PHILADELPHIA (WPVI) -- Children's Hospital of Philadelphia is in the midst of its annual Daisy Days fundraising campaign.
This year, proceeds from one event in the campaign go to an innovative program helping asthmatic kids have healthier homes.
And a West Philadelphia family was one of the first to take part.
"That's the one," says 4-year-old Shai, with a bright smile.
Shaneena Stevenson's daughter is anything but shy. But when her first asthma attack hit, it left the bubbly little girl speechless.
"We were running errands," Shaneena recalls. "I came around to her side of the car to get her out, and was like (panting). It was scary, but you could see her (panting) and I'm like, 'Oh God'."
It took an overnight stay at Children's Hospital for Shai's breathing to return to normal. Not long after, Shai caught a cold, which triggered another attack and another trip to the emergency room.
Asthma is a major problem among Philadelphia's children.
"One out of four have been diagnosed with asthma, and probably some haven't been diagnosed," says Dr. Tyra Bryant-Stephens, founder of the Community Asthma Prevention Program of Children's Hospital of Philadelphia.
For 20 years, CAPP has worked on educating parents on controlling asthma triggers in the home.
"The ones we're focusing on are mold, dust, and pests - meaning roaches and mice. The most common or prevalent trigger for inner city children tends to be mice and cockroaches," says Dr. Bryant-Stephens.
Now, CHOP is kicking it up a notch in three zip codes surrounding the hospital - 19104, 19139, 19143.
The new CAPP+ program, the Philadelphia Housing Development Corporation and the Enterprise Community Development Corporation have partnered to hire contractors to fix the root causes of the asthma triggers, such as the leaky shower and sink that dripped water into the ceilings in Shaneena's home.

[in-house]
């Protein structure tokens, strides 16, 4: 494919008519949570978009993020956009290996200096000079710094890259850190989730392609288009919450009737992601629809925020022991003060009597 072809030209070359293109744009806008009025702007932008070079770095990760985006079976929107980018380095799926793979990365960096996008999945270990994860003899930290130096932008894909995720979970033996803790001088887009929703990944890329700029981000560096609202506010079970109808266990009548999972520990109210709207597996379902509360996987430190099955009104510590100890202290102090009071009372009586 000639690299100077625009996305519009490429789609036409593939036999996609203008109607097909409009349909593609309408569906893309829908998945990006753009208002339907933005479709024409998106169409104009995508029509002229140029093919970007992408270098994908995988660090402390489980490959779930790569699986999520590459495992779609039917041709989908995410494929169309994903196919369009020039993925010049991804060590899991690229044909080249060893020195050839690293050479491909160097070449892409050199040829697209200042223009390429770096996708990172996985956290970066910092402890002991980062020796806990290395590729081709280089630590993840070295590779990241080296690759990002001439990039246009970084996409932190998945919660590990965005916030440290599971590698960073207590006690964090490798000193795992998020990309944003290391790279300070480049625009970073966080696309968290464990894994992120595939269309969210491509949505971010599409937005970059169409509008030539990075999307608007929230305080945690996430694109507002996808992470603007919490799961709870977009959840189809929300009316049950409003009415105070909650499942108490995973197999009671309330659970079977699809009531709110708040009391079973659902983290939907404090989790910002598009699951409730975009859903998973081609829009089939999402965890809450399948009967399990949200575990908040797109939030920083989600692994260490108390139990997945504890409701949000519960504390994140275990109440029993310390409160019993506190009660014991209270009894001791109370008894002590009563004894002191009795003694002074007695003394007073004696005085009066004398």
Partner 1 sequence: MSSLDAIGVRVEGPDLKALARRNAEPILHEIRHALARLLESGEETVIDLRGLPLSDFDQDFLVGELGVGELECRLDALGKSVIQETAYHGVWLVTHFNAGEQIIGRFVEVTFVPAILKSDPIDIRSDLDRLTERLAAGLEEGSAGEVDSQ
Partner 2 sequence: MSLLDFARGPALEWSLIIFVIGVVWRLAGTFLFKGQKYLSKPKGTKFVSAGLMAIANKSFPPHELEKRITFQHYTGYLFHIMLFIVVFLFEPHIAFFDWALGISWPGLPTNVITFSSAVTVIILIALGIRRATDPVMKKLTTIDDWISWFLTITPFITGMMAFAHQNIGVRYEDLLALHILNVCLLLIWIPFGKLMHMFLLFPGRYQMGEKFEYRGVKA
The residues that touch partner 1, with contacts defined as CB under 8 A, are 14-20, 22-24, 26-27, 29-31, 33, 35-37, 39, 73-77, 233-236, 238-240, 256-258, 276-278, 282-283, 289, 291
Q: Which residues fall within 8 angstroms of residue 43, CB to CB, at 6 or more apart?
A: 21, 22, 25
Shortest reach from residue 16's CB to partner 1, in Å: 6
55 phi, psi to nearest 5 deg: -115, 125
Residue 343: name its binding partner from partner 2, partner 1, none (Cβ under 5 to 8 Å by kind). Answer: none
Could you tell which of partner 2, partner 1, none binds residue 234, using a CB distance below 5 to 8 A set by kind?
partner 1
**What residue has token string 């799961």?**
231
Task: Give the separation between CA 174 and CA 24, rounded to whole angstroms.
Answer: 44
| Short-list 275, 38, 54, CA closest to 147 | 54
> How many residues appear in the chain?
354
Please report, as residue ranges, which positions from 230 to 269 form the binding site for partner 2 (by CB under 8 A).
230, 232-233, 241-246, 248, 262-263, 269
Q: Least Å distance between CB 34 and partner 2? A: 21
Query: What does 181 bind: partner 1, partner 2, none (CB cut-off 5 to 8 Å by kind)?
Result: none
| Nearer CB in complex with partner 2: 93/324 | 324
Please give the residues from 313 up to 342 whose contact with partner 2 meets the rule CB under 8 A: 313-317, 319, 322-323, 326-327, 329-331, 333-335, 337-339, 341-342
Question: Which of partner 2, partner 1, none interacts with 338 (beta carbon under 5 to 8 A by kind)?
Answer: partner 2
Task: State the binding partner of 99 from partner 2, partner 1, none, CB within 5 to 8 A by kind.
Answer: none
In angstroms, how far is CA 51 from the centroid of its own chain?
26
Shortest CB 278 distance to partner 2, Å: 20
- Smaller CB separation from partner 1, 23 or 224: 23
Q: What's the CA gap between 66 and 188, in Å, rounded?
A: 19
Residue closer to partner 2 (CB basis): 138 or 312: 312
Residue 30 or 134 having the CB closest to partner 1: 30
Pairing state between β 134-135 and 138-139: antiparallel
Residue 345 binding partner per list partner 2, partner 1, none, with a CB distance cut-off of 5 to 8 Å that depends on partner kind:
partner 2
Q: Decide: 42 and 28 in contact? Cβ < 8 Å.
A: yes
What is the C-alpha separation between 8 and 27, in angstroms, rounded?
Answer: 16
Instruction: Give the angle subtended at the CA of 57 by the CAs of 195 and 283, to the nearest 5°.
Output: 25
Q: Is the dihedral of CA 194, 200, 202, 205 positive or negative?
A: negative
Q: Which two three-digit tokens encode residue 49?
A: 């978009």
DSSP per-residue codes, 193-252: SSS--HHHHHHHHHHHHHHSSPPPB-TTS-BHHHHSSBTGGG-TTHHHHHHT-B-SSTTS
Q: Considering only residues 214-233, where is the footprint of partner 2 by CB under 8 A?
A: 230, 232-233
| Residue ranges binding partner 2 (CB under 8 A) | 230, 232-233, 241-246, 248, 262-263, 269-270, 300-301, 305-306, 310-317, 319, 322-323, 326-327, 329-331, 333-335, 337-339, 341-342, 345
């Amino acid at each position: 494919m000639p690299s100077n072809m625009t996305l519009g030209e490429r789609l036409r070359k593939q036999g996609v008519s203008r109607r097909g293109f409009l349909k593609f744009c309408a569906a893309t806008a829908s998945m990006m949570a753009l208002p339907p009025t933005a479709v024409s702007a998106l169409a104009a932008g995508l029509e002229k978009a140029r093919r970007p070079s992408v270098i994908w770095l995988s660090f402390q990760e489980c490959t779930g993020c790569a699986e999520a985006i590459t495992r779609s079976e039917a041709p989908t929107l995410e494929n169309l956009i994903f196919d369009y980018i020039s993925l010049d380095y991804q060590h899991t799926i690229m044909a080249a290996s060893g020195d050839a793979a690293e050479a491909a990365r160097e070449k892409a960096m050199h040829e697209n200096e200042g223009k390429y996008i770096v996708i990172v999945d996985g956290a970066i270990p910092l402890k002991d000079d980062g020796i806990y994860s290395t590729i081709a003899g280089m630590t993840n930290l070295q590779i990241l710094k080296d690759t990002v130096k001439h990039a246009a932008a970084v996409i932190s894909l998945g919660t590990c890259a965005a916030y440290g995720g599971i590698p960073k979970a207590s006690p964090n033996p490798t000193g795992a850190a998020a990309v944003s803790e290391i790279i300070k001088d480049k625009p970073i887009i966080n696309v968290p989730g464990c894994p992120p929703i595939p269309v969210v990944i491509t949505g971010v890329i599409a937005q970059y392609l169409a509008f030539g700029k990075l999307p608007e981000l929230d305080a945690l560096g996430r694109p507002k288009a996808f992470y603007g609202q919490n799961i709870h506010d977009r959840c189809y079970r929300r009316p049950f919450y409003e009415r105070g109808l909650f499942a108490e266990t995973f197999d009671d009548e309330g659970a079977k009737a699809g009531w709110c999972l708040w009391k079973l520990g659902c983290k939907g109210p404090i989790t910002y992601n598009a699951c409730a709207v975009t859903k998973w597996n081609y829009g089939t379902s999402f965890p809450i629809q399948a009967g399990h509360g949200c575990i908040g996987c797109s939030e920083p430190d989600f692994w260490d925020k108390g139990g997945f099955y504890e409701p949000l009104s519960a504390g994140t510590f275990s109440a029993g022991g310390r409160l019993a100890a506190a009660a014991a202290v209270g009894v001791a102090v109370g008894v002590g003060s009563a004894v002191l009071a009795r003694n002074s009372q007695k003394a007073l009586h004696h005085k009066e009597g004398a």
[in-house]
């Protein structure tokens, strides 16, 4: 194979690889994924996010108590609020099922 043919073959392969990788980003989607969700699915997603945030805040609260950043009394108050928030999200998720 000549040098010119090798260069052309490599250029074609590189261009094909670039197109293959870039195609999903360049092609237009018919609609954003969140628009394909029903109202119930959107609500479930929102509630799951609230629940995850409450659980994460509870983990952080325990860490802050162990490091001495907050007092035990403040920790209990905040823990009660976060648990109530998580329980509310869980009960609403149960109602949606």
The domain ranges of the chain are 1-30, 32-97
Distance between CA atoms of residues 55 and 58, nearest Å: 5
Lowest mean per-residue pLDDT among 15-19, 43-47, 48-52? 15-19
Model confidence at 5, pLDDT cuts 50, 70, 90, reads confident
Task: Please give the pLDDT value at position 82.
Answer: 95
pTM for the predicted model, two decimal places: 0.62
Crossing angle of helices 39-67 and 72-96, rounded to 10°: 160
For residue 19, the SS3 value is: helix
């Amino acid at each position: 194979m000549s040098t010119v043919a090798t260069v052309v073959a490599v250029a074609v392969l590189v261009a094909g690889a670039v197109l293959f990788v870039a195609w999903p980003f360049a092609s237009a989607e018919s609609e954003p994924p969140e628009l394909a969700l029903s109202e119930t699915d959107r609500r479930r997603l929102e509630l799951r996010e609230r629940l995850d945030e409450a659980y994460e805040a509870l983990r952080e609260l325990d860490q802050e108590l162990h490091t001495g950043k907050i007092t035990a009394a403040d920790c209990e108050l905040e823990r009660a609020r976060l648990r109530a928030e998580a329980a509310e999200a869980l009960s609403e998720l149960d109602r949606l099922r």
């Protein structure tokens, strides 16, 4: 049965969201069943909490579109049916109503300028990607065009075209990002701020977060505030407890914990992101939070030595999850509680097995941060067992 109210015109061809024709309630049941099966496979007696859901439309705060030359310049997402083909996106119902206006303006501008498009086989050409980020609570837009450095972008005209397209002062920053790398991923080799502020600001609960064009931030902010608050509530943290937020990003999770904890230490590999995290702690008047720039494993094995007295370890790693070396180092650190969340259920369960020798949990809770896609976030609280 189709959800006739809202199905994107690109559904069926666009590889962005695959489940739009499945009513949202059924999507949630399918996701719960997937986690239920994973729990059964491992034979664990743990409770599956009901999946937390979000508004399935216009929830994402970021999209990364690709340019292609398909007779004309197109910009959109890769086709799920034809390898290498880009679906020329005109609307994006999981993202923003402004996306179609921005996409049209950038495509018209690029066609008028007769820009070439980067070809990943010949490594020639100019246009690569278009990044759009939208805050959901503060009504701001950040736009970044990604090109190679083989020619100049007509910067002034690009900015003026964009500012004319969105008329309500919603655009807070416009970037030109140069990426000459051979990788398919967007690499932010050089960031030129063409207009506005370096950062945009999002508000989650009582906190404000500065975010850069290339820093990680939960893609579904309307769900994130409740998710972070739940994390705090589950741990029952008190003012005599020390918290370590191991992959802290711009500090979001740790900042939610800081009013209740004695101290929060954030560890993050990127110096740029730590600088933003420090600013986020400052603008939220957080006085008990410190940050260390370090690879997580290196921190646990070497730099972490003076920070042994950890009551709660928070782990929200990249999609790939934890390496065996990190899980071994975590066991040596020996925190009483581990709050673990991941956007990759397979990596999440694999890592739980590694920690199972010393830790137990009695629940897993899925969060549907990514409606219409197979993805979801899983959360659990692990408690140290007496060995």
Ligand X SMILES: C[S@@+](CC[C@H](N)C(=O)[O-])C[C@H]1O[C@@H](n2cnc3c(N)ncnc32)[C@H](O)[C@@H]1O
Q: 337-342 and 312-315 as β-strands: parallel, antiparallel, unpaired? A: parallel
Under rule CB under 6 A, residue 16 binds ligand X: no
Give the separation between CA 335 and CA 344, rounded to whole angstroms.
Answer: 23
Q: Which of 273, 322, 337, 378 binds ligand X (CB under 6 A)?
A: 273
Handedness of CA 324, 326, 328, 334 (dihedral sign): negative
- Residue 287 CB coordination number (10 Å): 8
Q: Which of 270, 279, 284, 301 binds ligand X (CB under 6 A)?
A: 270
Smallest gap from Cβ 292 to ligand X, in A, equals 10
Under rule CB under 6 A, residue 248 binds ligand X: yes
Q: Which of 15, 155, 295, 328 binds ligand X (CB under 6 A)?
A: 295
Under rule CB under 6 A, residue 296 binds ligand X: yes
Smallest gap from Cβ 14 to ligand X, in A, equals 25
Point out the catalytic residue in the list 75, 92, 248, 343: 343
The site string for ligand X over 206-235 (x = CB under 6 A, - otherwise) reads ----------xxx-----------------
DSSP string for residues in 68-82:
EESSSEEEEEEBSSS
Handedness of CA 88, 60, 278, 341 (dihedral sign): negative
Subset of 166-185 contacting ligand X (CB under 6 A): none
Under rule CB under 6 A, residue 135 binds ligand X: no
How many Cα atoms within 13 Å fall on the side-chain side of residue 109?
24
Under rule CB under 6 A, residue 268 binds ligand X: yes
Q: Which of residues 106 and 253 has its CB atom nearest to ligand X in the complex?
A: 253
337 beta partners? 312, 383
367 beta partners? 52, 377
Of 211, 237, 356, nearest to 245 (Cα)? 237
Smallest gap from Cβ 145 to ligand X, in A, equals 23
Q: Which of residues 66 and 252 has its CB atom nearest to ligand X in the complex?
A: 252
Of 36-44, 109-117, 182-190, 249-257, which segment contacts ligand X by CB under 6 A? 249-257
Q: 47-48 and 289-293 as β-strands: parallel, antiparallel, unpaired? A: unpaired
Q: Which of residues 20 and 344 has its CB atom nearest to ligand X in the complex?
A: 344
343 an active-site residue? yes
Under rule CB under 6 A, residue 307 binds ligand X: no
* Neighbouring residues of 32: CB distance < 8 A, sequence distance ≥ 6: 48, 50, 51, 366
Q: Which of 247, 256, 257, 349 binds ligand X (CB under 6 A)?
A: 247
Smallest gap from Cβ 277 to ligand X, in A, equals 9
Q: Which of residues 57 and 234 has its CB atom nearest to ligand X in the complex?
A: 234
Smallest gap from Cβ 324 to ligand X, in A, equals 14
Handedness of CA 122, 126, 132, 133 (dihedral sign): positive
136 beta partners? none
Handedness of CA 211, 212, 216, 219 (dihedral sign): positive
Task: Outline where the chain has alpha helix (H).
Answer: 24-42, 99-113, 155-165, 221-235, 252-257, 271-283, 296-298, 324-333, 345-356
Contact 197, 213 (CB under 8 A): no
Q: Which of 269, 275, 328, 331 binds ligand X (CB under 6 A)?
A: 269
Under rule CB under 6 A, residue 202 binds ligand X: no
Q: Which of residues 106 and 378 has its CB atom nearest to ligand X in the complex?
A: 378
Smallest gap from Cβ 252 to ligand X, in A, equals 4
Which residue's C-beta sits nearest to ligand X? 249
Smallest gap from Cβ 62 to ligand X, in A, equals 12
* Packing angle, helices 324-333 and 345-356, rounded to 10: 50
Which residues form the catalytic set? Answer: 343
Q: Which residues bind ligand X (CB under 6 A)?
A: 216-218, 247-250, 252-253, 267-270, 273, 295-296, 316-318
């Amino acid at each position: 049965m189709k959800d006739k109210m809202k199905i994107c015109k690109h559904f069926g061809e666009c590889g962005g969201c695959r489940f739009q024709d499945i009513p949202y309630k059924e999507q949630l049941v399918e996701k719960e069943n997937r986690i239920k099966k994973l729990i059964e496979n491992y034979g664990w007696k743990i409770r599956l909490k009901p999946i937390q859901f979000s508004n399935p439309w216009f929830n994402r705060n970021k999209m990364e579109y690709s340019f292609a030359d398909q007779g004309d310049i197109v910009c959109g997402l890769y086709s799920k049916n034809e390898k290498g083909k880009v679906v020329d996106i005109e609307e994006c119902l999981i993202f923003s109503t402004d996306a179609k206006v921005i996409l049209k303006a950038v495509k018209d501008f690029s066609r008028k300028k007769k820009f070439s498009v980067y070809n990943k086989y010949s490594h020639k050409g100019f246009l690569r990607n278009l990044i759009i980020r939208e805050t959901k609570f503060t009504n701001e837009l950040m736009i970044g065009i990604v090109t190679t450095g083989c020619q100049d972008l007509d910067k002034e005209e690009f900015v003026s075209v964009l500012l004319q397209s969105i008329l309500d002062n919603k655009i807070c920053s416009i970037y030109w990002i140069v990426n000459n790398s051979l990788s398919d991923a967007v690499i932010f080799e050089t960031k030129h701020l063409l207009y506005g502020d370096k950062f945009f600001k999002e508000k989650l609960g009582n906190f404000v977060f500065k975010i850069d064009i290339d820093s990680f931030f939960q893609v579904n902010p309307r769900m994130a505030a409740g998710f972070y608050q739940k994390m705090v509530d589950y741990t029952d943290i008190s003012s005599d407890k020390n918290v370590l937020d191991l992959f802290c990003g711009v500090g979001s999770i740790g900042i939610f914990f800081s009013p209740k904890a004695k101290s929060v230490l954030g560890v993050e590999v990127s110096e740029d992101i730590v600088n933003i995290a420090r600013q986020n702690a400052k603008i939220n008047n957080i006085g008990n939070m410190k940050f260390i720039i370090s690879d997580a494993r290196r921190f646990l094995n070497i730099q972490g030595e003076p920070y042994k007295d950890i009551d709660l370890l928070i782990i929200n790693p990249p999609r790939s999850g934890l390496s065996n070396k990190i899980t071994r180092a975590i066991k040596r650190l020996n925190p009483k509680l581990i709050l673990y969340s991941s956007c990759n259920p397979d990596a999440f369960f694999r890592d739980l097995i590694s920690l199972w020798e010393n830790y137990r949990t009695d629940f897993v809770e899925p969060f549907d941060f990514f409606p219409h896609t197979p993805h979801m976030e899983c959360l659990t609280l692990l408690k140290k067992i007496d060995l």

"It has rotted some of the joists," says a PHDC inspector in January, as the repairs began at the home.
Her home also had a small water leak and dampness in the basement. Deteriorating wood in the kitchen cabinets and a kitchen window sill invited roaches and rodents.
Dr. Bryant-Stephens says in a pilot program to repair ten homes there were common projects.
"We've done some excavation of basements, we're doing some sealing of basements where there's a lot of leakage, a repair of some windows," she says. "Almost every home, we've done the floors, either in just the child's bedroom or the house. A lot of kitchens have gas stoves with no ventilation, or if they have ventilation, they're not ventilated properly."
"Here is where my shower stall was," says Shaneena, as she proudly gives a tour of the repairs.
She now has a fresh bathroom, kitchen, and first-floor ceilings - and a healthier daughter.
"It has made such a difference in her breathing," Shaneena notes, adding, "She's running and playing and I can really see the difference."
She says when she learned about the program and that she might qualify, she told the asthma program representative, "Let's go!" She felt at ease with the contractors, since they were closely vetted.
"I literally gave them the keys to the house and I didn't worry about it. You don't have to figure out how to finance it or anything like that. It's not a concern," she says.
She was delighted with the effort they made.
"I liked the fact they really, really care about her breathing," she says.
CAPP+ is also a boost for smaller-scale contractors.
"(Contractors) who may not have a chance to work on larger construction projects but who are perfectly skilled and certified to do work like this. Think of what we can do if we keep those kids health and out of the hospital," says Peter Grollman, vice-president for external affairs at Children's Hospital.
"We see a reduction in emergency room visits and hospitalizations to the tune of 30 to 50 per cent," says Dr. Bryant-Stephens.
The program plans to do 100 homes in the next year - with hopes of expanding the number, and the reach in years ahead. 6abc is a proud partner with Children's Hospital on Daisy Days.
New Children's Hospital program helps give kids with asthma healthier homes